Zero Waste is a philosophy that encourages the redesign of resource life cycles so that all products are reused. The goal is for no trash to be sent to landfills, incinerators, or the ocean. The process recommended is one similar to the way that resources are reused in nature. The definition adopted by the Zero Waste International Alliance (ZWIA) is:
Zero Waste: The conservation of all resources by means of responsible production, consumption, reuse, and recovery of all products, packaging, and materials, without burning them, and without discharges to land, water, or air that threaten the environment or human health.
“Trash Day” in Your Neighborhood
One way to think about this concept is to imagine “trash day” in your neighborhood. Depending on where you live, you will either see just trash cans out on the sidewalk, trash and recycling cans, or maybe (if you are lucky) you will see trash, recycling, and compost bins.
Communities that do not have any recycling or composting programs available to their businesses and residents are the opposite of zero waste because there is no place to put waste other than in the trash. Communities that offer recycling are throwing away less, but how much less depends on what is accepted for recycling and what is actually getting recycled. Communities that collect compost or organics from their businesses and residents have the best chance at getting closer to the aspirational goal of “zero waste”.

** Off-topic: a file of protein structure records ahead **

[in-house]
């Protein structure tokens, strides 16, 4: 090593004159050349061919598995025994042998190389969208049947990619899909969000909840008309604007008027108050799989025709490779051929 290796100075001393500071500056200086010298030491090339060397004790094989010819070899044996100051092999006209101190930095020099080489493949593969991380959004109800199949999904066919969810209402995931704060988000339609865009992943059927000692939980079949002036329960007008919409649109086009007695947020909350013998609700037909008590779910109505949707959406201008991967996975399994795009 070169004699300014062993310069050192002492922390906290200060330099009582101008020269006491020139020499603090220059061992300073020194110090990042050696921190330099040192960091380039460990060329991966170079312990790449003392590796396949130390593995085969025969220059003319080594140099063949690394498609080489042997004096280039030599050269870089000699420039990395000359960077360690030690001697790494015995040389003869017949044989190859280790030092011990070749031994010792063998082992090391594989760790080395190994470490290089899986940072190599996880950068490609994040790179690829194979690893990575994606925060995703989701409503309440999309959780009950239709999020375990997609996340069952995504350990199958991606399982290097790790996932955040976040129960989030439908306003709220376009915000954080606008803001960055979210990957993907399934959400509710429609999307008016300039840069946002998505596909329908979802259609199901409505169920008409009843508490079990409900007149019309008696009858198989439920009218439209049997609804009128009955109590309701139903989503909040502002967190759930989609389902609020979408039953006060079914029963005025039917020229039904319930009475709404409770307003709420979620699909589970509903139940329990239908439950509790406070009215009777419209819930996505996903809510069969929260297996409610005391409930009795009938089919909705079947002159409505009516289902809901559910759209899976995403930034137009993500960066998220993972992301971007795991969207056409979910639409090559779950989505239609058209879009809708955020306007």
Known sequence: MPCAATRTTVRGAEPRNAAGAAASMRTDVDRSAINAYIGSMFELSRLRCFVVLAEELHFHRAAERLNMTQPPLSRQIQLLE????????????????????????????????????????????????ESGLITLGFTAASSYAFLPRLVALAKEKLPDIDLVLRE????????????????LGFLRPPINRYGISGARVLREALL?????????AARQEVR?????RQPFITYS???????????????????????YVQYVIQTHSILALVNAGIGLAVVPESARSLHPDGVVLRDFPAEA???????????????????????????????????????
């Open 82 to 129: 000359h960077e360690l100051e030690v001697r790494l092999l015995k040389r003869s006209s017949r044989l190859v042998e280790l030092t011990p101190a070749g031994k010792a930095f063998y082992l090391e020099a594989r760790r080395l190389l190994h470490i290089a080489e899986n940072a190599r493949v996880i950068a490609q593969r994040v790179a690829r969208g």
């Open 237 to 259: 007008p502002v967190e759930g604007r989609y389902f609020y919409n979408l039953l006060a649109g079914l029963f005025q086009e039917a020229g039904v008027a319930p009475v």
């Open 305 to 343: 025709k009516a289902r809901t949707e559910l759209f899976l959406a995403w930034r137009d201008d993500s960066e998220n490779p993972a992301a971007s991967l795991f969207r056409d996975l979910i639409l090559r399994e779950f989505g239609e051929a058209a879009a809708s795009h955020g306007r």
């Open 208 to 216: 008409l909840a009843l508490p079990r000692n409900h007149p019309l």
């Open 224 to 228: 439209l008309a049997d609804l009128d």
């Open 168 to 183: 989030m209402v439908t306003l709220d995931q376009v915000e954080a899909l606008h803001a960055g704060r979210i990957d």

Another important piece of the equation is reuse. The more we reuse, the less we have to discard, regardless of which bin we put it in. There are so many ways to reuse – reusable shopping bags, reusable coffee mugs, reusable water bottles – the list goes on and on. One of the best things about reuse is that you don’t have to worry about whether what you’re using is recyclable or compostable once you are done using it – a question that is not always easy to answer!
The concept of “waste diversion” – how much waste gets “diverted” from landfills – is something that can be easily expressed mathematically with a term called “diversion rate”. The diversion rate of a household or a business can be expressed in the following way:
So, if you have 5 pounds of recycling, 4 pounds of compost, and 1 pound of landfill waste, you have a diversion rate of .9, or as it is commonly expressed, a 90% diversion rate. Entities that are able to achieve diversion rates of 90% or higher frequently refer to themselves as “zero waste”.
As you can tell by the diversion rate equation, recycling and composting are key elements to achieving high diversion rates. While many communities in North America have some kind of recycling program, relatively few have access to the commercial composting facilities required to handle residential and commercial organic waste.
The US EPA has kept data on the generation and disposition of Municipal Solid Waste (MSW) in the United States for more than 30 years. Their most recent report showed data from 2015 and a national diversion rate of below 35%. That means as a country we only recycled and composted 35% of our total waste in 2015 – not exactly “zero waste”!